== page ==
By Sue Higgins, Founder and Managing Director of Inspira UK
We’ve all heard that old adage ‘cash is king’ but it is still relevant today – and perhaps in this competitive, fast-moving world, it is even more important. Without a steady flow of cash, your business will run into serious trouble. You won’t be able to pay bills or your staff, make purchases or plan for the future.
Here are 10 ways to improve your cash flow and boost your financial efficiency:
1. Forecast your cash flow – It may sound obvious, but it is surprising how many businesses don’t maintain an accurate cash flow forecast. Look at how much cash is coming into your business each month (cash inflow) and how much is going out (cash outflow). With a regularly updated forecast in place, you should be able to identify seasonal peaks and troughs and plan business activities to ensure there is always cash to make payments.
2. Mind the gap – Good cash flow management is all about creating a balance between those cash inflows and outflows. Gaps appear when there is more money going out the door than coming in, leaving your business short. Spot the gaps before they become gaping holes by taking proactive action e.g. chase overdue invoices; negotiate new payment terms with suppliers, etc.
3. Speed up your cash conversion – Convert your products and services into cash as quickly as possible. The sooner you collect cash, the faster you can use it to increase profits or meet financial obligations such as wages or debt payments. Tips for speedier cash conversion include: start sending out invoices immediately after the delivery of goods or services; change your payment terms from 60 days to 30 days and consider offering a small discount to customers who pay their bills early.
4. Make it easier for customers to pay up – Fed up waiting for business cheques to clear? Reduce delays by encouraging customers to make online payments.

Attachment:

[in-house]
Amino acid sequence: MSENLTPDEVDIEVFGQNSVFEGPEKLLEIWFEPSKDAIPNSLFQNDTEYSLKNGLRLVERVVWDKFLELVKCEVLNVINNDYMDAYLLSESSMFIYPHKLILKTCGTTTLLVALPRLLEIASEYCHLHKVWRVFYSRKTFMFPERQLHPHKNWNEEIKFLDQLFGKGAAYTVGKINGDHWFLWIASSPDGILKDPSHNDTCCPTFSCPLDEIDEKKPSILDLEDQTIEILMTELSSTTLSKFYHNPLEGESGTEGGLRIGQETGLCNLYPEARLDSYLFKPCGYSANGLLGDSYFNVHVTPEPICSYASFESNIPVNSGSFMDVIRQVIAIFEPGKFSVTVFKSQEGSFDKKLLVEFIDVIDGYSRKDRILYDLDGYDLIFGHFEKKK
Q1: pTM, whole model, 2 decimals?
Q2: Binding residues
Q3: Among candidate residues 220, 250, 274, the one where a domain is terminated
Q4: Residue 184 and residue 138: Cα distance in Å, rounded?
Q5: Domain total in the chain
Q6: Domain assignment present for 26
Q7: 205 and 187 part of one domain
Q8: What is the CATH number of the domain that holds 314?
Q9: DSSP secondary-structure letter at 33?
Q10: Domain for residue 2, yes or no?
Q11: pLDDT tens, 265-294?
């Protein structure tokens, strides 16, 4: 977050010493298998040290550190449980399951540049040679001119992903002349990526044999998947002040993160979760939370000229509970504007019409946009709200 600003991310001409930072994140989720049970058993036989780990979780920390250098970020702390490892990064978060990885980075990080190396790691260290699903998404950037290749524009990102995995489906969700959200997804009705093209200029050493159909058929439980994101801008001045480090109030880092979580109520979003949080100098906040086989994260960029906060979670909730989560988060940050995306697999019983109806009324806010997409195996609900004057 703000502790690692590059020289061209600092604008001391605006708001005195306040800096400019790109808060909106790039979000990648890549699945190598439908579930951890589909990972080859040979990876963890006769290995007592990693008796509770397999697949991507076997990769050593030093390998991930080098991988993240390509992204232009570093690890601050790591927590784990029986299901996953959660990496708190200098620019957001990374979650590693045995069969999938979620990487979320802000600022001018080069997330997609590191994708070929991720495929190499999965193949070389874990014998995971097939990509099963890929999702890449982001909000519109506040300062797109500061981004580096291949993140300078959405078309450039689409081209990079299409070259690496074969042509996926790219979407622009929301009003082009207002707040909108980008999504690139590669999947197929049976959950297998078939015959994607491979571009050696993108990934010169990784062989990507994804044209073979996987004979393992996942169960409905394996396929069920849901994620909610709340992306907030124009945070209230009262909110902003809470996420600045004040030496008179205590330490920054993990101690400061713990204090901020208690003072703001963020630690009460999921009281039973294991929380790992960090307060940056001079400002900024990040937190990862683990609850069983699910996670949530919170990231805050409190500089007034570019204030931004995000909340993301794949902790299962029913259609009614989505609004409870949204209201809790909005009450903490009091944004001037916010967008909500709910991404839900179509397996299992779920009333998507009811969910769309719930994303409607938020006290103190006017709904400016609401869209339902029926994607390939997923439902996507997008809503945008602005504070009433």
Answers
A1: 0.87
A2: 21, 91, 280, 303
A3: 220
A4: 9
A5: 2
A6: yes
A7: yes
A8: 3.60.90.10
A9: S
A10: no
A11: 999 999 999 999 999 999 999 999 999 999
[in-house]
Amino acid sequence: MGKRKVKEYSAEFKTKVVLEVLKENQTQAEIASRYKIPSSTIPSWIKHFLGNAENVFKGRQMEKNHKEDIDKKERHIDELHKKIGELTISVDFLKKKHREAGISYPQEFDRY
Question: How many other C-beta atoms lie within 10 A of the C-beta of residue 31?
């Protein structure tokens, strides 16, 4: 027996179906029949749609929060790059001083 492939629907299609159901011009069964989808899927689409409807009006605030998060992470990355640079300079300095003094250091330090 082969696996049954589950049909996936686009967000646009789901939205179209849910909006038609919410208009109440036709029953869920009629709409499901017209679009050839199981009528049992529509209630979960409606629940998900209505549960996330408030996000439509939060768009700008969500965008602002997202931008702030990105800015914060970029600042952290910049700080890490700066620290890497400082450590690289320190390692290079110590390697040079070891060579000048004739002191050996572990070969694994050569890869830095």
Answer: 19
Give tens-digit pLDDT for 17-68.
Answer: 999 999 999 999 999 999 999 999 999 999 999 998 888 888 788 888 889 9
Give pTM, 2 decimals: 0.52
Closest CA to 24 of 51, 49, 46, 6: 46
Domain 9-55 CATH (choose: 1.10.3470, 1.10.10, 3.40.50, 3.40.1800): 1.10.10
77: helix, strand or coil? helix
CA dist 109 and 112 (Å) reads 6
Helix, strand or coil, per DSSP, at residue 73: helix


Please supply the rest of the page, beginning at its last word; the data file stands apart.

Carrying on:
5. Create a collections process – Stay on top of overdue payments. Many companies operate a system of reminders that become gradually more serious and formal as invoices become more overdue.
6. Offer credit cautiously – Proceed with caution when it comes to offering lines of credit. According to Dun and Bradstreet, more than 90% of companies grant credit without checking references. Failing to do your homework and checking references puts your business at risk, saddling you with non-paying customers and racking up bad debt.
7. Keep an eye on cash flow continuously – It has been said ‘look after the pennies and the pounds will look after themselves’. If you don’t have a finance manager, consider training an employee to monitor cash flow on a daily basis to ensure there is always sufficient cash in the bank.
8. Plan for any cash shortfalls – Have a strategy in place to meet any cash flow bottlenecks head on. A good, old-fashioned bank overdraft facility may help to tide you over or a short-term loan. Don’t be afraid to shop around for the best deals and keep your bank informed over any big changes to your cash flow forecast.
9. Consult an expert – Sometimes we need help looking at the bigger picture. Working with a specialist bookkeeper or an accountant can be a valuable investment – providing insight into areas that you may have overlooked and helping you with you with your cash flow forecasting to anticipate and plan for cash flow problems.
10. Control business expenses – Look at ways to save money on expenses to improve your bottom line. If you don’t already, start tracking business expenses to stay on top of outgoings.